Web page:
A fiduciary accounting is important for a number of reasons, but here is one example:
Suppose you create a trust for the benefit of your minor children with a significant amount of assets. You designate a relative as trustee to manage the trust assets and distribute the funds to your children for their education and support.
The trustee you appoint has a fiduciary duty to act in the best interests of your children. The trustee must manage the trust assets prudently. Also, the trustee must keep accurate records of all financial transactions and provide periodic accountings to the beneficiaries.
If the trustee fails to provide a fiduciary accounting or provides an inaccurate accounting, the beneficiaries (i.e. your kids) or their legal guardians won’t know how the trust assets have been managed and whether the trustee has fulfilled his or her duties. This can lead to mistrust and disputes between the trustee and beneficiaries.
On the other hand, if the trustee provides a clear and accurate fiduciary accounting, the beneficiaries can have confidence that the trustee has acted in their best interests and managed the trust assets properly. This can help maintain trust and goodwill between the trustee and beneficiaries and prevent disputes from arising.
The Importance of Fiduciary Accountings
Fiduciary accountings are important because they provide transparency and accountability. The law requires all fiduciaries such as executors and trustees to account for their actions. Only through a detailed accounting can we be certain that the trustee has fulfilled its duty to act in the best interests of the beneficiaries.
Components of a Fiduciary Accounting
Fiduciary accountings cover a wide range of financial transactions and activities related to the management of trusts and estates. These transactions include, but are not limited to:
This includes all forms of income generated by the trust or estate, such as interest, dividends, rental income, and capital gains.
This includes all expenses incurred in the administration of the trust or estate, such as taxes, legal fees, accounting fees, investment management fees, and trustee compensation.
This includes any distributions made to beneficiaries, such as payments for education, health care, or living expenses.
This includes all purchases, sales, and other transactions related to the management of trust or estate assets, such as buying and selling stocks or bonds.
This includes any loans made from the trust or estate to beneficiaries or other parties.
This includes any real estate owned by the trust or estate, as well as any transactions related to the acquisition or disposition of such property.
Tangible personal property
This includes any personal property owned by the trust or estate, such as art, jewelry, or furniture.
Accounts receivable and payable
This includes any money owed to or by the trust or estate.
How to Prepare a Fiduciary Accounting
Preparing a fiduciary accounting is a complex task. The complexity of the assets and transactions involved will determine the easiest way to prepare a fiduciary accounting. Fiduciary accountings are also regulated by state law, and you should consult with local counsel to make sure your efforts are in accordance with the law in your state. For example, in New Jersey, fiduciary accountings are governed by Rule 4:87 (actions for the settlement of accounts).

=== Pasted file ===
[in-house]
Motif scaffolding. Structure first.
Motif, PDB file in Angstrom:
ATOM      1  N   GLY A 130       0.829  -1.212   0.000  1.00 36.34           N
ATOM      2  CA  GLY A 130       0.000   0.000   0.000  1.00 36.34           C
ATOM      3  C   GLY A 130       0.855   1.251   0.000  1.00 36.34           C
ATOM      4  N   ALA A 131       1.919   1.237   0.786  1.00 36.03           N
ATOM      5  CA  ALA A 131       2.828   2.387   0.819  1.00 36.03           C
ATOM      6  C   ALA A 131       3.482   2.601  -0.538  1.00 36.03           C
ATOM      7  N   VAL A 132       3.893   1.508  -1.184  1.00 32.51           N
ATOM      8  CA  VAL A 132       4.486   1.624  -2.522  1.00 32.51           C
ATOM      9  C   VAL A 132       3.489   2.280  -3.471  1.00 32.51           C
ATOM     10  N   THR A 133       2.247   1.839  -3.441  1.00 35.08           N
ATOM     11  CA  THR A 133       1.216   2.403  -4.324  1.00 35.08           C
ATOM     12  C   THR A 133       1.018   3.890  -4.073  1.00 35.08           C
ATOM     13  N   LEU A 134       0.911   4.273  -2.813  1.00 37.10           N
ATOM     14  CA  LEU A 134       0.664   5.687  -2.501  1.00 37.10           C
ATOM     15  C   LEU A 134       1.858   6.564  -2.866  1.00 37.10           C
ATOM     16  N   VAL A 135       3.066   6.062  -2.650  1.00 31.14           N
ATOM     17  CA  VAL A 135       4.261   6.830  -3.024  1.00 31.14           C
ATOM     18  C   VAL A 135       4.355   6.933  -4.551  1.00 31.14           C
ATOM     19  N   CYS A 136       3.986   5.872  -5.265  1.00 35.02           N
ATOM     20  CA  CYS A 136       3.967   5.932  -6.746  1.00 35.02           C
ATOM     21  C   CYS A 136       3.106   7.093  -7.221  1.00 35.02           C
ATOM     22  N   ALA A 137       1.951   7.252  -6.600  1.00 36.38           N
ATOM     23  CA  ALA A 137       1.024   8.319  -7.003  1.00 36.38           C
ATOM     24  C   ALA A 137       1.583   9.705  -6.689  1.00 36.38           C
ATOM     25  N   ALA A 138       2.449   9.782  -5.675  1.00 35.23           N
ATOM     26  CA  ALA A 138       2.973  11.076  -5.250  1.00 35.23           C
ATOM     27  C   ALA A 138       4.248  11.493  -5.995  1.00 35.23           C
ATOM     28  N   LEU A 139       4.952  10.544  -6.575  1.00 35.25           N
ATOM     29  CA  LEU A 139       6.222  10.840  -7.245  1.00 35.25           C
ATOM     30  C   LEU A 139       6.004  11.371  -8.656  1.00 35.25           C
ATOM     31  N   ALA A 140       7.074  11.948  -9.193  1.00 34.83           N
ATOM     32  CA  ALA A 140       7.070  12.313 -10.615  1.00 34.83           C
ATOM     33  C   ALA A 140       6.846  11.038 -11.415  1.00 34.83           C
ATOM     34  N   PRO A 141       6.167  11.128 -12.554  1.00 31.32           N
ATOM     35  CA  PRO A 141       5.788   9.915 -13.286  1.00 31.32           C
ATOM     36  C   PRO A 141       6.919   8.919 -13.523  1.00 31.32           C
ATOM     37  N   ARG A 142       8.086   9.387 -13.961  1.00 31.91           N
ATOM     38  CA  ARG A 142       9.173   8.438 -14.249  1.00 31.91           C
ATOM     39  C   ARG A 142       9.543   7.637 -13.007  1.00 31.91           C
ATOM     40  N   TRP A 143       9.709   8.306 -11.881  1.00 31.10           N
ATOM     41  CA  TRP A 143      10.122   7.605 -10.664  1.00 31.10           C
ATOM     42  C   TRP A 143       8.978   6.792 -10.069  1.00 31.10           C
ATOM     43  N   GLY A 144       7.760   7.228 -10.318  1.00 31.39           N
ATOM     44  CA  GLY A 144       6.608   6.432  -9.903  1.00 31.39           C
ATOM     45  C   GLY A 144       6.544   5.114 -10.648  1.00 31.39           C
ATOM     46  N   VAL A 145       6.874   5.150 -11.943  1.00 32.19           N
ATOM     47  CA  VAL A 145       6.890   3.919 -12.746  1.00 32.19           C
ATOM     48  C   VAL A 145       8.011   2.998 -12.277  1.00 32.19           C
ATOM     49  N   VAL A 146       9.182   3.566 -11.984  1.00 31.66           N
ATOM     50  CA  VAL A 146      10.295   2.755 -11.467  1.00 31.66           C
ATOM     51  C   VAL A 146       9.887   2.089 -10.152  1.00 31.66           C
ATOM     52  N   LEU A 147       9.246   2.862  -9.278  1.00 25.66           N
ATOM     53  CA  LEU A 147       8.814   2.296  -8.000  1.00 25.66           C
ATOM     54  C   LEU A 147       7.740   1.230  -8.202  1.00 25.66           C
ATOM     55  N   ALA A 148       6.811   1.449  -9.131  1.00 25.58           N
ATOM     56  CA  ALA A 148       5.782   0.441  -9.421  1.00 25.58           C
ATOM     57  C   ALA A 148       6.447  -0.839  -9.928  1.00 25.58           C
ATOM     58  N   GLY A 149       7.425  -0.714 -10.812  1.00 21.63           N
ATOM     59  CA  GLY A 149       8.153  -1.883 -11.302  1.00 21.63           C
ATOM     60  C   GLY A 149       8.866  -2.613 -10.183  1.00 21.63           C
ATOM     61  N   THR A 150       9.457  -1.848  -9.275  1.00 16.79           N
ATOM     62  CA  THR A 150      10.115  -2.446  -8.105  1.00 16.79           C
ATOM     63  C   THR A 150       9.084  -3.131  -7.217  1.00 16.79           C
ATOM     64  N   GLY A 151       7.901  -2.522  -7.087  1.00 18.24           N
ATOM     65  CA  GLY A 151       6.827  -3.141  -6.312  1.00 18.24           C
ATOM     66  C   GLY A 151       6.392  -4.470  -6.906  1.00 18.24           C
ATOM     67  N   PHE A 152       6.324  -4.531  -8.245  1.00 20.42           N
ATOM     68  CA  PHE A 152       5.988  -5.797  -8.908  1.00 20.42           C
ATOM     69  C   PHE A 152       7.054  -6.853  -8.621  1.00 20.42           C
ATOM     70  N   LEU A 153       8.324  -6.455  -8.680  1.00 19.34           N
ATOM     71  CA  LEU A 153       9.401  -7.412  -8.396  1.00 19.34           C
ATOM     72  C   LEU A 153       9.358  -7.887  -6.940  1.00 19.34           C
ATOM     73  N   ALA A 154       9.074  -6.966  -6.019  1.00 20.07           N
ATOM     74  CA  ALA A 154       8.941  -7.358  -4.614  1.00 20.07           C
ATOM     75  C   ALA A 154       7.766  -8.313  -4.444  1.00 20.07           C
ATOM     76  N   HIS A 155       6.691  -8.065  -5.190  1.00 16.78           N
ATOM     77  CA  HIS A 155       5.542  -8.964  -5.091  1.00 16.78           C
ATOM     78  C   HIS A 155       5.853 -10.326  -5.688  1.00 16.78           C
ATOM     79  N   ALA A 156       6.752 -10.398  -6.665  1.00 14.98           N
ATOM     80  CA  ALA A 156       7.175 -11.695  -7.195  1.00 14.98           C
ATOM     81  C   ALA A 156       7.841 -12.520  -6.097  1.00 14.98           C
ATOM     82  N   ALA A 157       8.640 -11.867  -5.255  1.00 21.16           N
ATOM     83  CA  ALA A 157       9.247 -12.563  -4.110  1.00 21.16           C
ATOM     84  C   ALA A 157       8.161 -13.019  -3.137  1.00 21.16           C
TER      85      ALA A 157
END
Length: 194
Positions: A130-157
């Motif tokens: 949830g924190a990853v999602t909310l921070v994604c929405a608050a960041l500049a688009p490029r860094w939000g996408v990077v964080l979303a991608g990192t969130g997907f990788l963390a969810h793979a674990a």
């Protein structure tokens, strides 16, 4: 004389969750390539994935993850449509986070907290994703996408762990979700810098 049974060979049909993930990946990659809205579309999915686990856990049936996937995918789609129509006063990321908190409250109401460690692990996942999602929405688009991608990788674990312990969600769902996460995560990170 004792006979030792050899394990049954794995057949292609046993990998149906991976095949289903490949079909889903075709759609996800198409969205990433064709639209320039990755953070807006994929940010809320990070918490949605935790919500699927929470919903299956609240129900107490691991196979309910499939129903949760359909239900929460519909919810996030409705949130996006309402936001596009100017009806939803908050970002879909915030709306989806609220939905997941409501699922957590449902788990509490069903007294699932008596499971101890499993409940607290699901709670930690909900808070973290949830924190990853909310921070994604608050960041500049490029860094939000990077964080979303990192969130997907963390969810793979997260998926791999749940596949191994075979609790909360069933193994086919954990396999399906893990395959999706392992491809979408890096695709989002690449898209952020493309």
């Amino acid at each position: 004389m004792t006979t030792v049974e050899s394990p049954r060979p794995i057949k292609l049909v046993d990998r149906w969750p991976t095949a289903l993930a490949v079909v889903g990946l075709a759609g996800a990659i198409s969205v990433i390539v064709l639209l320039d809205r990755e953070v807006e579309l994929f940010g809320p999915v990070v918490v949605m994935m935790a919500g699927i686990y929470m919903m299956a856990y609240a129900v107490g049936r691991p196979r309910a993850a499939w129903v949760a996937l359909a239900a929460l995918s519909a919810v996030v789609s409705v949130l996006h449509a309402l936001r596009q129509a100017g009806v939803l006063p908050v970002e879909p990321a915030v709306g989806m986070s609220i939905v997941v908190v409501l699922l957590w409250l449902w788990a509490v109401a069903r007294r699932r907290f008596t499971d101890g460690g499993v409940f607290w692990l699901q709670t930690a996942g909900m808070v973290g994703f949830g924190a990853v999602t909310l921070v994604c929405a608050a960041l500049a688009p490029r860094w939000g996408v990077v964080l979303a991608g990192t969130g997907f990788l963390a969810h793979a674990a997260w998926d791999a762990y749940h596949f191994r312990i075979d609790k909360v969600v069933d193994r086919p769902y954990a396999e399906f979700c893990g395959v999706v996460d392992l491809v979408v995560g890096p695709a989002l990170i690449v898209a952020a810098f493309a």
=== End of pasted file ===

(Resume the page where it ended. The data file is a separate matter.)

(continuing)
Here are some general steps to simplify the preparation of the accounting:
Organize financial records
Gather all relevant financial documents such as bank statements, investment statements, receipts, invoices, and any other documents that show transactions related to the trust or estate. Organize these records by month and year.
Determine the accounting method
Determine which accounting method is most appropriate for the trust or estate, such as cash basis or accrual basis accounting. This decision may depend on the size of the trust or estate, the type of assets involved, and the preferences of the beneficiaries.
Create a balance sheet
Prepare a balance sheet that lists all assets and liabilities of the trust or estate as of the beginning of the accounting period. This will provide a starting point for calculating income and expenses.
Determine all income received by the trust or estate during the accounting period, such as interest, dividends, and rental income. Be sure to include all taxable income and any income that must be distributed to beneficiaries.
Determine all expenses paid by the trust or estate during the accounting period, such as taxes, management fees, and other administrative expenses. Be sure to include all expenses that are deductible for tax purposes.
Prepare a statement of changes in assets and liabilities
Prepare a statement that shows all changes in the assets and liabilities of the trust or estate during the accounting period, including income, expenses, gains, and losses.
If distributions have been made, record the nature of each distribution in a schedule to the accounting.
Prepare a final accounting
Once all transactions for the accounting period have been recorded, prepare a final accounting that summarizes all activity for the period and provides a detailed report of all financial transactions.
A fiduciary accounting can be a complex undertaking and may require the assistance of an experienced accountant or attorney.
A fiduciary accounting is designed to provide a comprehensive record of all financial transactions and activities related to the management of the trust or estate, ensuring the fiduciary is fulfilling its legal and ethical obligations and that beneficiaries have a clear understanding of how their assets are being managed.